Over 50% of all women will experience at least one UTI during their lifetime, with 20-30% experiencing recurrent UTI.11 Women are more likely to develop UTIs than men, due to anatomical differences; the urethra is shorter in women than in men, and it is closer to the anus, making it more likely that bacteria are transferred to the bladder.
With each UTI, the risk that a woman or man will have another UTI increases.
Pregnant women are not more likely to develop a UTI than other women, but if one does occur in a pregnant woman then it is more likely to travel up to the kidneys due to anatomical changes affecting the urinary tract in pregnancy.
As a UTI in pregnancy can prove dangerous for both maternal and infant health, most pregnant women are tested for bacteriuria, even if asymptomatic, and treated with prophylactic antibiotics.
Most UTIs are not serious, but some can lead to serious problems, particularly with upper urinary tract infections. Recurrent or long-lasting kidney infections (chronic) can cause permanent damage, and some sudden kidney infections (acute) can be life-threatening, particularly if septicemia (bacteria entering the bloodstream) occurs.
They can also increase the risk of women delivering low birth weight or premature infants.3
Causes of urinary tract infections
Urinary tract infections are caused when microbes manage to get past the body's natural defenses.
The vast majority of UTI cases are caused by the bacterium Escherichia coli (E. coli), usually found in the digestive system. Chlamydia and Mycoplasma bacteria can infect the urethra but not the bladder.
People of any age and sex can develop a UTI; however, some people are more at risk than others.
The following factors can increase the likelihood of developing a UTI:145
- Sexual intercourse (especially if more frequent, intense and with multiple or new partners)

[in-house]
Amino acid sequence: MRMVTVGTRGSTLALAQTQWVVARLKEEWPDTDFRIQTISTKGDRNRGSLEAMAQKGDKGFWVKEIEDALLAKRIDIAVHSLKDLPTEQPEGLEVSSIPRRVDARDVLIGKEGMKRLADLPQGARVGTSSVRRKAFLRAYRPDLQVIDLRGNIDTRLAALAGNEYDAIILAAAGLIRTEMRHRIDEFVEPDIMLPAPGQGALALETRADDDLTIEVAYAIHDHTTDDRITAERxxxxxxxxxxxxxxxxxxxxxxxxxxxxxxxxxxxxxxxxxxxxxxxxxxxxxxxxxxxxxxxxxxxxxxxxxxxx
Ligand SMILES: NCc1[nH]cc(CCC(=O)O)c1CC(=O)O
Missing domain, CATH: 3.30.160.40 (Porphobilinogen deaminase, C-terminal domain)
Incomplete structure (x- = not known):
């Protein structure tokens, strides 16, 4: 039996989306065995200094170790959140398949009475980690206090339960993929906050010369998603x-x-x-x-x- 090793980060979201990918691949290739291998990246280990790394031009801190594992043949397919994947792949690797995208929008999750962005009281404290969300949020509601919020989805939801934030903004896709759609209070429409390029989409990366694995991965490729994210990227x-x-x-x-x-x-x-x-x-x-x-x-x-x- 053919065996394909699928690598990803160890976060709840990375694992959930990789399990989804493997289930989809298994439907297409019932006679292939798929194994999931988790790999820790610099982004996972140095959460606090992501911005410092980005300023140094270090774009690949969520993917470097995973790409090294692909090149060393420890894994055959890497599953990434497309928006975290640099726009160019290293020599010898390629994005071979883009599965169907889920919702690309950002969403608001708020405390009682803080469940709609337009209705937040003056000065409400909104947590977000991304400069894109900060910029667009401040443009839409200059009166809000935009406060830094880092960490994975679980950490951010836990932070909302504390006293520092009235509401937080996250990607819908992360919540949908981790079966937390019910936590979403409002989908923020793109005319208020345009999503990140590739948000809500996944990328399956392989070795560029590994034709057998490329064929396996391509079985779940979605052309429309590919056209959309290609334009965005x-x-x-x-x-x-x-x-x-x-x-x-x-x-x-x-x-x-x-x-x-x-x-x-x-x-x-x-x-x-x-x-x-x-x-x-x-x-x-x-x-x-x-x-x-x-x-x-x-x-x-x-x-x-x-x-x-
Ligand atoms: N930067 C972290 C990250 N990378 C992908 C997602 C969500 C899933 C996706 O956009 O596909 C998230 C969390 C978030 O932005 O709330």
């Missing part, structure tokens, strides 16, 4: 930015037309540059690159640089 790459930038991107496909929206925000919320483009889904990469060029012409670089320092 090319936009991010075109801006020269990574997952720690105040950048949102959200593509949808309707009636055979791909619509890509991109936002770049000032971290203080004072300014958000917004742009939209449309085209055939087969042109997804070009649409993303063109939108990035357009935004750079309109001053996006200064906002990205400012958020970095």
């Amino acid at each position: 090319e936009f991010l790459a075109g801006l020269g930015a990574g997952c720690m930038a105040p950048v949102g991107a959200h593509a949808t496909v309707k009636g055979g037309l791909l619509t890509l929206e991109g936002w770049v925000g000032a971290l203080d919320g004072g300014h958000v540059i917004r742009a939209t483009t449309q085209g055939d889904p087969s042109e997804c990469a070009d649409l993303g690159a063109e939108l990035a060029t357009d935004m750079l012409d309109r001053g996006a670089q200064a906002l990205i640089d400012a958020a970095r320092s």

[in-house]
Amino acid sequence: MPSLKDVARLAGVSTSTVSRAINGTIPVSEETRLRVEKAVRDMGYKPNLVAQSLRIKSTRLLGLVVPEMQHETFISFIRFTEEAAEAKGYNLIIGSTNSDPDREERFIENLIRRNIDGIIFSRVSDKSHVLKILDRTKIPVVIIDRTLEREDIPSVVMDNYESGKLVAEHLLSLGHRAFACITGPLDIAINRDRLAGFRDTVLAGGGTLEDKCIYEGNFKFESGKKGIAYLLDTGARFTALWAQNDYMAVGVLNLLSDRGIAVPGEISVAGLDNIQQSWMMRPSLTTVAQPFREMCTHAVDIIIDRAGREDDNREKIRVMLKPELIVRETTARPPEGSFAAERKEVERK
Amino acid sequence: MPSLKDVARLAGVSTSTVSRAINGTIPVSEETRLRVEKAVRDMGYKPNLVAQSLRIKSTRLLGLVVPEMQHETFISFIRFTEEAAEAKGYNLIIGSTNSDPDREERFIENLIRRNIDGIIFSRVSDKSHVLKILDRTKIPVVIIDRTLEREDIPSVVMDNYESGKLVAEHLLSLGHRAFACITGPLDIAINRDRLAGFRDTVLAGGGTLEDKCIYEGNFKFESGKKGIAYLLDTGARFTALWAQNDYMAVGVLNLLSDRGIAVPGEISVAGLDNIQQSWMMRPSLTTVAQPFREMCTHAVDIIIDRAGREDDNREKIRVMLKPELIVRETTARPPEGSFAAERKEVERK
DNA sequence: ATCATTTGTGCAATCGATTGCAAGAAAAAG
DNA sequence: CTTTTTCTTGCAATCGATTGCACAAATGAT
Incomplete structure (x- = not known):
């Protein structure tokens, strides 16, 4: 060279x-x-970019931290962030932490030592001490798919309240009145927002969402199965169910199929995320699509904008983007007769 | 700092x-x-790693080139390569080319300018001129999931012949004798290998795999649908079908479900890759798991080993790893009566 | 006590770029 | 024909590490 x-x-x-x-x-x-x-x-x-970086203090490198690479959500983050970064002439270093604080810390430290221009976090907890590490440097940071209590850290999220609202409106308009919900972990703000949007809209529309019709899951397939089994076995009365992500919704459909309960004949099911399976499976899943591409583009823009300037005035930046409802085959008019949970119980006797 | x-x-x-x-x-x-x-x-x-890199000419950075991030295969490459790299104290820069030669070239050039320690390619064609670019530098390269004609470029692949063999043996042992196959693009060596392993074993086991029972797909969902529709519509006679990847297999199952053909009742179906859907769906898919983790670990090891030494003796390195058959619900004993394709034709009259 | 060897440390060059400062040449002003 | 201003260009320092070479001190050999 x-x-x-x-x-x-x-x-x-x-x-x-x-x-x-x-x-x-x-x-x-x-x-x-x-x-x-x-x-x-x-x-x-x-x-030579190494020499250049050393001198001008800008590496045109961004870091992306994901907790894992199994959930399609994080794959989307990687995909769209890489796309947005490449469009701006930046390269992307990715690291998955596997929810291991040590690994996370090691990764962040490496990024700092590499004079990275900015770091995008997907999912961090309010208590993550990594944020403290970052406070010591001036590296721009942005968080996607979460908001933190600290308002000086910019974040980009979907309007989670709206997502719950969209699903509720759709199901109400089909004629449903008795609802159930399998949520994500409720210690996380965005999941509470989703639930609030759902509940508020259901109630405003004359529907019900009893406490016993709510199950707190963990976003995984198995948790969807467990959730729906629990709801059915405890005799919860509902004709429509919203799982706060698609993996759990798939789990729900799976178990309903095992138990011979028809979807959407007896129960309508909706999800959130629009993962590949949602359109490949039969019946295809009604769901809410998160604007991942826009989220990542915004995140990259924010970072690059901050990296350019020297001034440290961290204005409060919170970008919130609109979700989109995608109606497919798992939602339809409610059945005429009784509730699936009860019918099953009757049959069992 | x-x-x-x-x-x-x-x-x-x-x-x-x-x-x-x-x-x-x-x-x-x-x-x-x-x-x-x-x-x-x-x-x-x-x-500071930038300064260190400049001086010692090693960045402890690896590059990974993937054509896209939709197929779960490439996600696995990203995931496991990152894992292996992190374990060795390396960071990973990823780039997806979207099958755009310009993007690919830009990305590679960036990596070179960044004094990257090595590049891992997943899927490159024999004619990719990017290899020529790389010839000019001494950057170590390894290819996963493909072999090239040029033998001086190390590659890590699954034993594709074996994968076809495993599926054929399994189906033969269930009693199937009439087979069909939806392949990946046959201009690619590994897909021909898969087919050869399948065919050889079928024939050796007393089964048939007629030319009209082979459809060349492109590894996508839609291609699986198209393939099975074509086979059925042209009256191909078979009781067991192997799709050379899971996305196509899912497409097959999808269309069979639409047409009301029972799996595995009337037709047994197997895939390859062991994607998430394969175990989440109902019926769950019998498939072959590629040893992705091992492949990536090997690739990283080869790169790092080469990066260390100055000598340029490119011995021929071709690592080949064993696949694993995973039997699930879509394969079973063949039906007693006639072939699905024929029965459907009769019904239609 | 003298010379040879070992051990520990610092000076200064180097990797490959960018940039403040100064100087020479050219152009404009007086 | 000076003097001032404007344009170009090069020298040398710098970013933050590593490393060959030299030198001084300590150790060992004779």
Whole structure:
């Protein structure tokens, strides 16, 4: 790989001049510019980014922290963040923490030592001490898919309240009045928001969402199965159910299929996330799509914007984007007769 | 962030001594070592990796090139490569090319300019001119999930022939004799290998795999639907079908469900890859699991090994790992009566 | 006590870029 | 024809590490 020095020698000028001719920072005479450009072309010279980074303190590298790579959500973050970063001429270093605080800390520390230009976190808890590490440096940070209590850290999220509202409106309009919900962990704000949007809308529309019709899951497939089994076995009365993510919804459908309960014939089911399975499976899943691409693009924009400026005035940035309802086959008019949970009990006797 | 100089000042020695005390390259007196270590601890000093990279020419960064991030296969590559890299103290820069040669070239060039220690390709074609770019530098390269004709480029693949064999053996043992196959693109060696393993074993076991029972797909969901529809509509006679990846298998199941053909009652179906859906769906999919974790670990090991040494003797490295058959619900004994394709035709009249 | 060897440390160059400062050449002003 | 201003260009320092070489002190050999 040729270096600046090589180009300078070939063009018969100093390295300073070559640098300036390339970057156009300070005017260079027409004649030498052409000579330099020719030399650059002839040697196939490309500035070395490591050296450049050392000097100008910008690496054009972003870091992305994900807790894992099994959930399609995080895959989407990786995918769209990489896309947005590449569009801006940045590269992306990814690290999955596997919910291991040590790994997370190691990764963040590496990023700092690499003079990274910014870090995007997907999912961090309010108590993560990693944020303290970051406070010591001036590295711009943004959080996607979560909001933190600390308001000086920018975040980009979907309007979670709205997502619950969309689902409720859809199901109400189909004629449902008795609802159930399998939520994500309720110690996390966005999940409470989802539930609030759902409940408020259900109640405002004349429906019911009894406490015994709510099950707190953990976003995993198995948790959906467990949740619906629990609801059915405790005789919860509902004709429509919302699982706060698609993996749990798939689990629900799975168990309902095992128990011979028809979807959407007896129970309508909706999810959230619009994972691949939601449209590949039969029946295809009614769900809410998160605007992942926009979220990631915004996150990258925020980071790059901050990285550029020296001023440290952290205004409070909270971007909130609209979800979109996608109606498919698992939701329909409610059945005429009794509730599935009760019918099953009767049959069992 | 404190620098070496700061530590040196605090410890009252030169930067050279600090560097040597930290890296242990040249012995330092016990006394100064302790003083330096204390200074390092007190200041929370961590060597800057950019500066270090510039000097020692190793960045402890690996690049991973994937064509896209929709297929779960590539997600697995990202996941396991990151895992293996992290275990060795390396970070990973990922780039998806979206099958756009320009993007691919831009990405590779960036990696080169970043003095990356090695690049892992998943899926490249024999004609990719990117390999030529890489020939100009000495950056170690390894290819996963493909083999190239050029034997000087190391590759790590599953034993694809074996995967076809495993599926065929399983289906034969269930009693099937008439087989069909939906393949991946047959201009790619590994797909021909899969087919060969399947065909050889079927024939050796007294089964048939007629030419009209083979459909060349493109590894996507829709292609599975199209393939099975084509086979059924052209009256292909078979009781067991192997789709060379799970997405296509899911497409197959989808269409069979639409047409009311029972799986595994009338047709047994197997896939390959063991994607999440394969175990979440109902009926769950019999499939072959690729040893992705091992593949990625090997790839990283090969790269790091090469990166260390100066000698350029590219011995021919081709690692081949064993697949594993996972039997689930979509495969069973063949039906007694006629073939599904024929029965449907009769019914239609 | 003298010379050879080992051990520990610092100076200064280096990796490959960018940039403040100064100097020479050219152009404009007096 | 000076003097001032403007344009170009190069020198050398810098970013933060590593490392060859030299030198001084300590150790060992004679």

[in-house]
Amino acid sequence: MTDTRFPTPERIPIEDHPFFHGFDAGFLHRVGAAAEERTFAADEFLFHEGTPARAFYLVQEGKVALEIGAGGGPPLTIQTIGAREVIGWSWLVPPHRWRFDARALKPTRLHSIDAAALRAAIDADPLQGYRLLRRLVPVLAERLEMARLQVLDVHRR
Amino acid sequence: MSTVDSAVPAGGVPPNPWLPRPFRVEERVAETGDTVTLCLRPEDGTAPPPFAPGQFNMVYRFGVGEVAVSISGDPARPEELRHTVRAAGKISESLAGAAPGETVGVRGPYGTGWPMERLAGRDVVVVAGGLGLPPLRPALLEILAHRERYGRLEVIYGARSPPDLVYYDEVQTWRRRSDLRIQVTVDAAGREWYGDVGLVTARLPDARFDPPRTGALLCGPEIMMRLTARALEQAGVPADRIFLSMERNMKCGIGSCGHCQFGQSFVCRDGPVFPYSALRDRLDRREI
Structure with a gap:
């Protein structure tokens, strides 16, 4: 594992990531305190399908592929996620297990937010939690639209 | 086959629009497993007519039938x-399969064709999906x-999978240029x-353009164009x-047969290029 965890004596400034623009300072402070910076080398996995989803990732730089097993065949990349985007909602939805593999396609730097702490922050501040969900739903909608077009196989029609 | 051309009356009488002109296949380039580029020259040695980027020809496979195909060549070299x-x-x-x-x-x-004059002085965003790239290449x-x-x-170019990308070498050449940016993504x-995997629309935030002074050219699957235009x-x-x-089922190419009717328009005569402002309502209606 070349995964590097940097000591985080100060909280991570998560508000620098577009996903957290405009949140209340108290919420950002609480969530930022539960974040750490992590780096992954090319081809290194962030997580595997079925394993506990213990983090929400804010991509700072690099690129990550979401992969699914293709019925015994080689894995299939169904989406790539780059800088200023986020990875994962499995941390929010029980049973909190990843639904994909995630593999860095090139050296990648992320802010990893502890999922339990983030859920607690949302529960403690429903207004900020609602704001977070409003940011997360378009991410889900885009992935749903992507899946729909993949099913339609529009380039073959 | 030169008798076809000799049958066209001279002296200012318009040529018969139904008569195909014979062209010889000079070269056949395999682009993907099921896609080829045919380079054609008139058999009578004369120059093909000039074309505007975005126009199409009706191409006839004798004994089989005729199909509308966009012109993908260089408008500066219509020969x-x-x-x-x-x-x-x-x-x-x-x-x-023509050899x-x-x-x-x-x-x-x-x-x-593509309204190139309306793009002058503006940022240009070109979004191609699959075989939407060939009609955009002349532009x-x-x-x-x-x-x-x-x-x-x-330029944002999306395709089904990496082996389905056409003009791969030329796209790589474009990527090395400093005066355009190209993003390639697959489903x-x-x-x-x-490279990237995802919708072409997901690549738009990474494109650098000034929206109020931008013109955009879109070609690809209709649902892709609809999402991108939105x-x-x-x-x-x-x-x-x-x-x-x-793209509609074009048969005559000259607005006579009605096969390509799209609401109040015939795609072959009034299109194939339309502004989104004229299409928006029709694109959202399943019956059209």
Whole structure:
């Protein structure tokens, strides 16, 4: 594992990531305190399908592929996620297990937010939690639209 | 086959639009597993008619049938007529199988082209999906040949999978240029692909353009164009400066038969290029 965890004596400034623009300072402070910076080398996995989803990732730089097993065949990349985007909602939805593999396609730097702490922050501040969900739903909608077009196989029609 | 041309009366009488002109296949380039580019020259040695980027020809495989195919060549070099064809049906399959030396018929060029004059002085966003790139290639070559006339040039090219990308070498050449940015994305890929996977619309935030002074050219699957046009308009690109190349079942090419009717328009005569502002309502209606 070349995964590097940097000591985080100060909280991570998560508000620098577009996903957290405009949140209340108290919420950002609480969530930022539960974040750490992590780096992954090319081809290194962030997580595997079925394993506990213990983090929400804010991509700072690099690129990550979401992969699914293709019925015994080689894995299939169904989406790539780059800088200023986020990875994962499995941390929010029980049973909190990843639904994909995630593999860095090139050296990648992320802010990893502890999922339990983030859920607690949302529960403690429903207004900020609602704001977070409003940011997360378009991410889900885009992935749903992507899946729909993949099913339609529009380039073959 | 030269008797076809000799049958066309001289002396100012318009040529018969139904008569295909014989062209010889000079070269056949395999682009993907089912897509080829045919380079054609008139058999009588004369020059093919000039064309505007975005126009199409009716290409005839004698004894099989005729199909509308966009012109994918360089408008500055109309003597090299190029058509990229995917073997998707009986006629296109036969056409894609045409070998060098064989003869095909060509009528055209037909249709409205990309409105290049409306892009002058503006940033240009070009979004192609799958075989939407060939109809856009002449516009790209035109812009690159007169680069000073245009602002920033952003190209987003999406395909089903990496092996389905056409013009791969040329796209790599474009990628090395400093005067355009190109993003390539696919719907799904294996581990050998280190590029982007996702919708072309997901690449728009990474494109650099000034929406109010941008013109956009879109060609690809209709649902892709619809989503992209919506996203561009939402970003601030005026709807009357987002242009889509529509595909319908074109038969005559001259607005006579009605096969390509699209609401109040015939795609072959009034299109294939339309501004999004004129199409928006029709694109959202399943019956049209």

- Poor personal hygiene
- Problems emptying the bladder completely
- Having a urinary catheter
- Bowel incontinence
- Blocked flow of urine
- Kidney stones
- Some forms of contraception
- Procedures involving the urinary tract
- Suppressed immune system
- Immobility for a long period
- Use of spermicides and tampons
- Heavy use of antibiotics (which can disrupt the natural flora of the bowel and urinary tract).
Recent developments on urinary tract infection causes from MNT news
The World Health Organization have published their first global review of antimicrobial resistance, including antibiotic resistance - with data covering 114 countries - and conclude that it poses a serious threat to public health for everybody, everywhere.
Symptoms of urinary tract infections146
The symptoms of a urinary tract infection can depend on age, gender, the presence of a catheter and what part of the urinary tract has been infected.
Abdominal pains are a common symptom of urinary tract infections.
Common symptoms of urinary tract infection include:
- Strong and frequent urge to urinate
- Cloudy, bloody or strong smelling urine
- Pain or burning sensation when urinating
- Nausea and vomiting
- Muscle aches and abdominal pains.
People with catheters may only experience fever as a symptom, making diagnosis problematic.
If a person has a kidney infection, they could also experience upper back and side pain, high fever, shaking, chills, fatigue and mental changes.
If a person has a bladder infection, they could also experience low fever, and pressure and cramping in the abdomen and lower back.
On the next page we look at tests and diagnosis for urinary tract infections as well as treatment information and how to prevent them occurring.